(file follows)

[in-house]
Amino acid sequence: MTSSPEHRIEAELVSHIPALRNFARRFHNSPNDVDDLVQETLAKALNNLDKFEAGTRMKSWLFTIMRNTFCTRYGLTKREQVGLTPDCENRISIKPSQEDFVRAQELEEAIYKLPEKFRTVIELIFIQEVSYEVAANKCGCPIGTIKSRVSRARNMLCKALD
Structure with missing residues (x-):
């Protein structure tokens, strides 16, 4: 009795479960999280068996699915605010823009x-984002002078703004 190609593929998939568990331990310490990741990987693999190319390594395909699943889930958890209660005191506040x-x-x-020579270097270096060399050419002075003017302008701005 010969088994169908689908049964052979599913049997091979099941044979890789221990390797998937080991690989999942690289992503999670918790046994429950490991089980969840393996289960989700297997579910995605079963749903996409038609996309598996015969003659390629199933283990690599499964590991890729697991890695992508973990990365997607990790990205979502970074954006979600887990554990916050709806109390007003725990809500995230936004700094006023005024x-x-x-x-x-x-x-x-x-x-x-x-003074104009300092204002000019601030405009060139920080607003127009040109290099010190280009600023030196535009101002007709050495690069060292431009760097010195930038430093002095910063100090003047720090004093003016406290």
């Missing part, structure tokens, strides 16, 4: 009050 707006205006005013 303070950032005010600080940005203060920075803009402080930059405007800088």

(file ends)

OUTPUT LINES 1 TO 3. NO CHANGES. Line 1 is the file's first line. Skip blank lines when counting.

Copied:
[in-house]
Amino acid sequence: MTSSPEHRIEAELVSHIPALRNFARRFHNSPNDVDDLVQETLAKALNNLDKFEAGTRMKSWLFTIMRNTFCTRYGLTKREQVGLTPDCENRISIKPSQEDFVRAQELEEAIYKLPEKFRTVIELIFIQEVSYEVAANKCGCPIGTIKSRVSRARNMLCKALD
Structure with missing residues (x-):